They reached Angelo's parking stall, and he stood looking at his friend for a moment, then swept him into a quick, rough embrace.

"You watch your ass, Axel," he said, standing back and shaking Lacroix gently by the shoulders.

"Damn straight," Lacroix said jauntily, a little embarrassed by Goldbach's intensity. He smacked his friend on the upper arm, watched Goldbach climb into his car and pull out of the parking stall, then continued to his own vehicle.

The runabout wasn't very new, but personal vehicles of any sort were still relatively rare, especially here in the capital city, where most people relied on mass transit. For Lacroix, though, the slightly battered, jaunty little sports air car had always symbolized his and his family's success in proving they were more than simply one more clan of Dolist drones. Besides—he grinned as he unlocked the door and settled into the front seat—it might be old, but it was still fast, nimble, and downright fun to fly.

* * *

"Five minutes, Mr. Secretary."

"Thank you," Arnold Giancola acknowledged Giuseppe Lauder's warning and began sliding his document viewer and sheafs of record chips into his briefcase.

"Well, Jason," he said with a smile, "I imagine we'll be finding out shortly what all the mystery is about. And just between the two of us—"

"Ten o'clock!"

Giancola's head snapped up at Lauder's sudden shout. The limousine swerved wildly, yanking hard to the right, and the Secretary of State's head whipped around to the left.

He just had time to see the runabout coming.

* * *

"With your permission, Madam President, I'll have Admiral Lewis go ahead and begin the briefing," Secretary of War Thomas Theisman said.

Eloise Pritchart looked at him, then glanced at the two empty chairs at the conference table.

"I realize the situation is serious," she said, after a moment. "But I think we might give the Secretary of State a few more minutes."

There might have been just the tiniest hint of a reprimand in her voice, although only someone who knew her well would have recognized it as such. Theisman did, and he bobbed his head very slightly in acknowledgment. One or two of the other people seated around the table seemed to have some difficulty suppressing smiles as they observed the byplay. But Secretary of Technology Henrietta Barloi, one of Giancola's staunchest allies in the Cabinet, was not among them.

"I certainly agree, Madam President," she said frostily. "In fact—"

"Excuse me, Ma'am."

Pritchart turned her head, eyebrows rising in mild surprise at the interruption. Sheila Thiessen, the senior member of her security detachment, was a past mistress at being totally unobtrusive at high level, sensitive meetings. She also possessed a formidable degree of self-control—what Kevin Usher called a "poker face"—which made her present stunned expression almost frightening.

"Yes, Sheila?" Pritchart's voice was sharper than usual, sharper than she'd intended it to be. "What is it?"

"There's been an accident, Madam President. Secretary Giancola's limousine's been involved in a mid-air."

"What?" Pritchart stared at Thiessen. Shock seemed to paralyze her vocal cords for a moment, then she shook herself. "How bad is it? Was the Secretary injured?"

"I . . . don't have the details yet," Thiessen said, brushing her unobtrusive earbug with a fingertip as if to indicate the source of what she did know. "But it doesn't sound good." She cleared her throat. "The preliminary message said there appear to have been no survivors, Ma'am."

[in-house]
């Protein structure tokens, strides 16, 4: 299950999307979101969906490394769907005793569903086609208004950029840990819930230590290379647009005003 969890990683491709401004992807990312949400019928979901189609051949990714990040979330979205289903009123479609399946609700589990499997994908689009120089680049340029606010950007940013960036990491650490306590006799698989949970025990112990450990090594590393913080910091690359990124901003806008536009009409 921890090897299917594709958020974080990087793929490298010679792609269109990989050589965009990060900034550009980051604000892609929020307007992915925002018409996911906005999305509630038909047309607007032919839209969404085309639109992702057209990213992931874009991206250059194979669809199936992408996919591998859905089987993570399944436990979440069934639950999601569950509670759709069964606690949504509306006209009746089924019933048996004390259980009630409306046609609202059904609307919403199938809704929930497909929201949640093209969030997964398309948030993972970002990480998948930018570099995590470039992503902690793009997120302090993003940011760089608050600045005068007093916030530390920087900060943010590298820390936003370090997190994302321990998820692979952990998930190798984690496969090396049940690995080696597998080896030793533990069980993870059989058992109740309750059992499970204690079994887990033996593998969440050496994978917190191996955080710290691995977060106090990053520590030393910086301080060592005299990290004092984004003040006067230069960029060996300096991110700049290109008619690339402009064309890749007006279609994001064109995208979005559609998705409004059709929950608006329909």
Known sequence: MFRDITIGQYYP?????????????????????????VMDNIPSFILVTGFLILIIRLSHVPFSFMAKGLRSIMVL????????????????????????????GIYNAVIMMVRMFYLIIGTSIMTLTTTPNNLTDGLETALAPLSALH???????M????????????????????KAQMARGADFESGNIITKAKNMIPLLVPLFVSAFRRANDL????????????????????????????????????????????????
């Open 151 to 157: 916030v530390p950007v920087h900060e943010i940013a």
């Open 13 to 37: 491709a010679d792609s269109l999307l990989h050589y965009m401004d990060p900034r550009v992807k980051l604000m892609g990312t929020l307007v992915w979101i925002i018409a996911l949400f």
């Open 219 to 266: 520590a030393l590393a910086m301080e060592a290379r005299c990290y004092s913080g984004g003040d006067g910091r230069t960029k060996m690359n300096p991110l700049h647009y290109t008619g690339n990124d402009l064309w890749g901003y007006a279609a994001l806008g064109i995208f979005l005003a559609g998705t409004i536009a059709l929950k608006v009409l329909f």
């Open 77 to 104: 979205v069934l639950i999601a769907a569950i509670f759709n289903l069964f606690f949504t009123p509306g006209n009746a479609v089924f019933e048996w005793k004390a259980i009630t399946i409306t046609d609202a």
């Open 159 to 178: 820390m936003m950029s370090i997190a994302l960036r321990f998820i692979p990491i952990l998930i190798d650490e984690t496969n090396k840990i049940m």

* * *

"Jesus. I did not need this on top of everything else."

Thomas Theisman leaned back in his chair, rubbing both eyes with the heels of his hands. The emergency meeting had been hastily adjourned while the President dealt with the stunning news that her Secretary of State and his brother were both dead. Theisman couldn't fault her priorities, especially not in light of the inevitable time delays in the transmission of any messages or orders over interstellar distances. It wasn't as if responding to what had prompted the meeting in the first place was as time-critical as dealing with the immediate consequences of what promised to be a fundamental shift in the Republic's domestic politics.

But now that everyone who needed to be informed had been told and Pritchart had released her official statement (which dutifully expressed her profound regrets over the unexpected demise of her valued colleague and longtime friend), the President and her closest advisers and allies—Theisman himself, Denis LePic, Rachel Hanriot, Kevin Usher, and Wilhelm Trajan—had assembled in the Secretary of War's Octagon office.

"Oh, we didn't need it in more ways than you know, Tom," Pritchart said wearily. The last three hours had been a hectic whirl, and even she looked a little frazzled around the edges.

"Especially not combined with the news of the Manties' raids," Hanriot said sourly. "What's that old saying about when it rains it pours?"

"I expect public opinion isn't going to take kindly to the news the Manties just bloodied our nose," Theisman agreed. "On the other hand, it's possible what happened to Giancola will actually distract the newsies. And let's be honest here—I don't think anyone in this room is especially going to miss him."

"You might be surprised." Pritchart's tone was bleak, and Theisman frowned at her.

"What do you mean, Eloise? You've been sounding semi-cryptic all evening."

"I know. I know!"

The President shook her head. But instead of explaining immediately, she looked at Usher.

"Have you heard from Abrioux, Kevin?"

"Yes, I have." Usher's voice was deeper than usual. "All the preliminary indications are that it was a genuine accident."

Theisman looked back and forth between the President and the FIA Director.